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Dark Blue Cape with Beige Geometrical Embroidery
Handmade Mexican Dark Blue Poncho embroidered with Beige Geometric design.
🔖The fabric is made on waist loom, 100% wool, in the region of Hueyapan, a small town on the north highlands in the state of Puebla. Later this fabric is hand embroidered by skilled women with an impeccable cross stitch technique.
The embroideries adorning these capes or ponchos, are mostly inspired on the landscape typical from the north highlands in the state of Puebla, Mexico. Featuring flowers, mountains, cacti, birds, stars and other geometric figures with special meaning.
🍁This is the ultimate layering accessory for colder weather. Use on top of virtually any clothing style to add an extra layer of warmth on the outdoors, or just have near you for lazy afternoons and a book 📖 or tea ☕. You can also create a more formal look wearing it with leggings or pants and heels 👠 and accessorize it for a boho look with hats, scarfs and chunky earrings.
The elaboration of a wool cape like this is a slow process that can take 1 week to finish.
Dark Blue Cape with Beige Geometrical Embroidery :
🔷 ONE SIZE FITS ALL
Dry clean only or spot clean with damp cloth for removable stains.
⭐WE ARE HERE FOR YOU
💠THE HUEYAPAN MEXICAN PONCHO.
The process in doing a cape like this starts with weaving the wool threads one by one in the waist loom machine to form a textile base called "Quexquemetl" which means neck cape in Nahuatl dialect. This step in entirely done by men. The rest of the fibers for the embroidery are stained with natural colorings and it's in this step where the women take over with the amazing cross stitch embroidery patiently counting each stitch to finally give shape to the final drawings.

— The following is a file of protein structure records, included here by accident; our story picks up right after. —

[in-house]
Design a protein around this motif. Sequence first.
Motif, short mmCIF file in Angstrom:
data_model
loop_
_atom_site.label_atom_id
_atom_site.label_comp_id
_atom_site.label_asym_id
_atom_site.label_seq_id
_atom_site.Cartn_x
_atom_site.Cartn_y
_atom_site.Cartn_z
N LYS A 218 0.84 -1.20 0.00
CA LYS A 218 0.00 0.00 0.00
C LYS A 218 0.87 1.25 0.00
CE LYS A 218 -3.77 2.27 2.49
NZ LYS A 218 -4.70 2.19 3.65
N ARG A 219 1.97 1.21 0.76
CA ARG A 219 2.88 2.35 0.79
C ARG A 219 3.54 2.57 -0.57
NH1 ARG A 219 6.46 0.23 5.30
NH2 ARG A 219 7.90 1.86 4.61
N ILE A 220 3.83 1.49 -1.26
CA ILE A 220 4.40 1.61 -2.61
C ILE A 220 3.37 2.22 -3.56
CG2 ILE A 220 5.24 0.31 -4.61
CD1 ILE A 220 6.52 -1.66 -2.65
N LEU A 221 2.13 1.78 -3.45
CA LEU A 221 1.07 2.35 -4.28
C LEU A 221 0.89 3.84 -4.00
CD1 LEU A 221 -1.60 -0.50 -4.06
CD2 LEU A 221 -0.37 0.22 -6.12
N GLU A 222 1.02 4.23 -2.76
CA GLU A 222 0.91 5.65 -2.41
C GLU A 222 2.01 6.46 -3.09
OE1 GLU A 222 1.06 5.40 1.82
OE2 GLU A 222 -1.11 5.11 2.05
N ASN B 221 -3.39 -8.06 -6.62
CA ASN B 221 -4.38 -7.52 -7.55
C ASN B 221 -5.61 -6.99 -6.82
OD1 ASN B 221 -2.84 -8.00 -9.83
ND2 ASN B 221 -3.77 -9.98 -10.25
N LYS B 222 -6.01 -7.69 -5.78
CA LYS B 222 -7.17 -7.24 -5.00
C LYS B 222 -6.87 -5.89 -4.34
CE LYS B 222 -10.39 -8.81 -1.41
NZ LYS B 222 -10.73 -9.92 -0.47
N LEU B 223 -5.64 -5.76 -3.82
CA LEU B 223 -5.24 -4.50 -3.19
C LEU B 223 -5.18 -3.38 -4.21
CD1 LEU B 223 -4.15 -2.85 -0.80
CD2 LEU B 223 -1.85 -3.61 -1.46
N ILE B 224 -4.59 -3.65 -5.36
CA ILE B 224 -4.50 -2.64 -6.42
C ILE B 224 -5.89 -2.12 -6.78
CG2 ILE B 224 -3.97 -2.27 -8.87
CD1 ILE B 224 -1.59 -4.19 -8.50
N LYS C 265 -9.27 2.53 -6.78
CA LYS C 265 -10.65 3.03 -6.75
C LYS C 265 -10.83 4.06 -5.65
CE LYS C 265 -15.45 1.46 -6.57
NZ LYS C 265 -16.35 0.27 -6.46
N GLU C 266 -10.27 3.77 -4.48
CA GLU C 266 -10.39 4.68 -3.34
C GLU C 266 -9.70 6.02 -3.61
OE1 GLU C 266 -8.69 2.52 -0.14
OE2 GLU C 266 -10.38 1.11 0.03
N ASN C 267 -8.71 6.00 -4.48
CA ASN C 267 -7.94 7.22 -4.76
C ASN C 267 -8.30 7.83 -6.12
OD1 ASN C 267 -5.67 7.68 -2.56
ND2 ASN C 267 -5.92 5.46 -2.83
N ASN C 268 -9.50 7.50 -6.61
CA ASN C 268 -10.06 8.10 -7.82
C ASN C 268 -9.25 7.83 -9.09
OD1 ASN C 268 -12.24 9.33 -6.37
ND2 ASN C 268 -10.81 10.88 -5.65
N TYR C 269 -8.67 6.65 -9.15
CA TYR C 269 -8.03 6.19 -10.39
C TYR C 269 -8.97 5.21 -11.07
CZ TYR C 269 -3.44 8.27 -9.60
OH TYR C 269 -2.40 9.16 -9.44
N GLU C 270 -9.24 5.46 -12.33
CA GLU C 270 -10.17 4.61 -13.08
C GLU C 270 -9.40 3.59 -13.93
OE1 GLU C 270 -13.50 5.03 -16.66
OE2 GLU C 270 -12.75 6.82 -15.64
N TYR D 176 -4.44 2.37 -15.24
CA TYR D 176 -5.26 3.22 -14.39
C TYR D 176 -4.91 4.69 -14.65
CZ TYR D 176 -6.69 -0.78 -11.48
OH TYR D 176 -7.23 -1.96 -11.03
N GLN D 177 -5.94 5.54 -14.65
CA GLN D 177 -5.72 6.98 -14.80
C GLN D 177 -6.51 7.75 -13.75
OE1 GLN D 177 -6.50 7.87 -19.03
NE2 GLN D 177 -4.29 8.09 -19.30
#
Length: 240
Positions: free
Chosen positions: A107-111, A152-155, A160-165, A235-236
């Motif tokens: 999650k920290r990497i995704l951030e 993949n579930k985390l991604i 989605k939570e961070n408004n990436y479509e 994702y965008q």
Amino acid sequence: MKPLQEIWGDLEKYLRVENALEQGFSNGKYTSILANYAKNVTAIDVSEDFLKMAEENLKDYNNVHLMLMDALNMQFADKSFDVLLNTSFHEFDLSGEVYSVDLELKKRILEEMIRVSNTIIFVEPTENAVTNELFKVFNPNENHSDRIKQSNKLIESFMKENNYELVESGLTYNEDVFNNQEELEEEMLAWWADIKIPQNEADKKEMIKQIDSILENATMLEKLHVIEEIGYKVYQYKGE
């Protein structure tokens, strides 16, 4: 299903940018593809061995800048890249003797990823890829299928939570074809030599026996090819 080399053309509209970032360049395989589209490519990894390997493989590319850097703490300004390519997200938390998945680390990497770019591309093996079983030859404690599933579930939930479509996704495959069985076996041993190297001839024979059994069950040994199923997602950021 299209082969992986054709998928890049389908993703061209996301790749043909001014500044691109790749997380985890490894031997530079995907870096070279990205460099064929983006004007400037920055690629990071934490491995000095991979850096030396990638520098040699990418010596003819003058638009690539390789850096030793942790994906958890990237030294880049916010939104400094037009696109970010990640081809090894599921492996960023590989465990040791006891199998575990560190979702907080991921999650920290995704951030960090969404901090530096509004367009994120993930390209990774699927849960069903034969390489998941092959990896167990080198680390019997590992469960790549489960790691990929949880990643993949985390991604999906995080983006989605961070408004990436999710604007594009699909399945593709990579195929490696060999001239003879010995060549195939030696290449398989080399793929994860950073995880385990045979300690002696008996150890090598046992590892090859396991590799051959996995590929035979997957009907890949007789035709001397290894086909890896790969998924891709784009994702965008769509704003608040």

🔰A LITTLE MORE ABOUT THE WAIST LOOM :
The waist loom is a very old technique used by Mesoamerican cultures. At present, artisans continue to use this technique to make some of the pieces they use for their clothing as well as items and accessories for the home. This technique used in some communities of Oaxaca and Chiapas, consists of intertwining threads of any type of fiber in a wooden loom, tying them to a pole or tree on one side and to the waist of the craftsman on the other; and interconnecting perpendicularly other threads with chopsticks to give the finish to the weft of the fabric.
Unfortunately, these ancestral techniques have been replicated with machines, removing the human element, in such a way that their production is greater in a shorter time. Naturally, this has repercussions for the original producers, creators of these crafts, because it is impossible to compete with the prices generated by cheap production. Choose artisanal for the good of our world!